Amanda will be live-tweeting from Paris @ashepherd79

Name: Garrett Blad

Hometown: North Liberty, IN

Affiliation: SustainUS, Fossil Free ND, GreeND

Why are you committed to working on climate justice?

Last summer I canvassed in low-income minority communities in St. Louis, MO, weeks before Michael Brown was shot. There, I learned that climate change is so much more than solar and wind power. It is about economic, gender, and racial justice. It is about people power. It is about reclaiming our democracy to create the economic and social structures that don’t exploit the planet and its people. I am committed to work on climate justice because I have benefitted from the systems currently in place and others have not. I have a responsibility to do what I can to help others.

What do you hope to accomplish in Paris?

There is a story to tell in Paris about grassroots mobilizations, rejected fossil fuel projects, and community renewable energy projects. Stories of people shifting the power and reclaiming it for themselves. For the past 5 months I have been bicycling between the U.S. and Paris with a project called Climate Journey, collecting and sharing these stories.

If you had one thing to tell your neighbor about climate change, what would it be?

If you feel powerless in the face of climate change, take action with others. Across all ten countries we have cycled through these past 5 months, it was unanimous: organizing your community — whatever that may be — to take large-scale action on climate change empowers people. Time and time again, people say that joining the movement in a bold way was the best decision they ever made.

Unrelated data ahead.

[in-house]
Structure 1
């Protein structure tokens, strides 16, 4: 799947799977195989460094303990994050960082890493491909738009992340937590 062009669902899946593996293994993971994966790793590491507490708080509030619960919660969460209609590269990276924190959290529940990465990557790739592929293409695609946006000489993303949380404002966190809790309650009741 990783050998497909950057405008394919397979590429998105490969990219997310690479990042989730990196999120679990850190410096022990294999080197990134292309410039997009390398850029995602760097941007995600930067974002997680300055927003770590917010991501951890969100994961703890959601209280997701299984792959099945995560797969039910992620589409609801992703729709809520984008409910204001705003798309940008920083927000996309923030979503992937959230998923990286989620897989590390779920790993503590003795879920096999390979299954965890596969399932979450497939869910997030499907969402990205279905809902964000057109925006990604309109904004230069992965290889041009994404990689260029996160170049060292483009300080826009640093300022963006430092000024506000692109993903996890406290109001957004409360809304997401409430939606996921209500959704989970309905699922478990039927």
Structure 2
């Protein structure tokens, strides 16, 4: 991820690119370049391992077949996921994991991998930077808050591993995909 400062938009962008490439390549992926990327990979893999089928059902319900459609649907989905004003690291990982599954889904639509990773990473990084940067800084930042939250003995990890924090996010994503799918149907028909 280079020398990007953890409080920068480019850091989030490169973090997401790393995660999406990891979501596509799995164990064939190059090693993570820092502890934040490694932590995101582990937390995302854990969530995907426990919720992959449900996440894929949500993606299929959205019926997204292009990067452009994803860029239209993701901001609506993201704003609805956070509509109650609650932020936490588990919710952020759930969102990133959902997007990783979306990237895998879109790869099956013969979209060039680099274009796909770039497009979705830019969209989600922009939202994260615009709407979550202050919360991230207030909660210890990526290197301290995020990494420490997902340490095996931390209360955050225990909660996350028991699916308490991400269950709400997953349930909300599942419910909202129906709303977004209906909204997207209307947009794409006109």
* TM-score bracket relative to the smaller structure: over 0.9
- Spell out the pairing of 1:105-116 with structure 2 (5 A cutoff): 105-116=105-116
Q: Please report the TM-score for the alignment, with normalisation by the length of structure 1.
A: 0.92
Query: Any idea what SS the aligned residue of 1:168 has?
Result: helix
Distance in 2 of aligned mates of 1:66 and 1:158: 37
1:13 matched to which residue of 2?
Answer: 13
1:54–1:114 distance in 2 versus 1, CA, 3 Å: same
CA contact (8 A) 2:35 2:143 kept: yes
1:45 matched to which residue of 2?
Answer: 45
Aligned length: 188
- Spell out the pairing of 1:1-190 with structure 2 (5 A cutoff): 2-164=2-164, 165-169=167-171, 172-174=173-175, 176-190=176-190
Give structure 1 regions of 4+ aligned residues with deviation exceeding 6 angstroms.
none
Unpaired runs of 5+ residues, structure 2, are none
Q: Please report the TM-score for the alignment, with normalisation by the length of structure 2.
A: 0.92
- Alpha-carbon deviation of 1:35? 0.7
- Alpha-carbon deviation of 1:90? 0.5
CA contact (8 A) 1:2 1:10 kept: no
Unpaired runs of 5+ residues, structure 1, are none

See how Garrett’s international bike tour wraps up in Paris by following him at @climatejourney


Name: Shannon Anderson

Hometown: Jamestown, NY

Affiliation: Earth Charter Indiana

Why do you care about solving climate change?

We have ignored this issue for far too long, billions of people are counting on us. Food insecurity, water shortages, the tremendous cost of extreme weather events — these are a death sentence for many. And perhaps, most of all, our beautiful planet, a rare treasure in the universe, has allowed this flourishing of life, a wealth of biodiversity, which not only provides for stunning scenery, it teaches us about natural and physical phenomena. It’s unjust to ourselves, it’s unjust to the earth.

What do you hope to see as an outcome in Paris?

A binding global climate agreement that satisfies all physical requirements to keep our planet from warming more than 2ºC, a Green Climate Fund that is sufficient to meaningfully move developing nations towards sustainable energy and industry, and nations who are committed to progressive goals at home to move towards a carbon-neutral civilization.

What do leaders in Indiana need to hear about climate change?

This moment requires everyone to do everything they can. Scientists tell us that we will require an “all of the above” strategy to meet this challenge and succeed. We have the resources, the technology, the people, and the knowledge to make our transition possible. What we need is the political will and an attitude that asks “how can we make this work?” Not one who says “that’s too complicated, we can’t do that.” You have a huge opportunity to be a leader in Indiana, so take it.

You can follow Shannon and all the action in Paris on Twitter @si2016 and @ECharterIndiana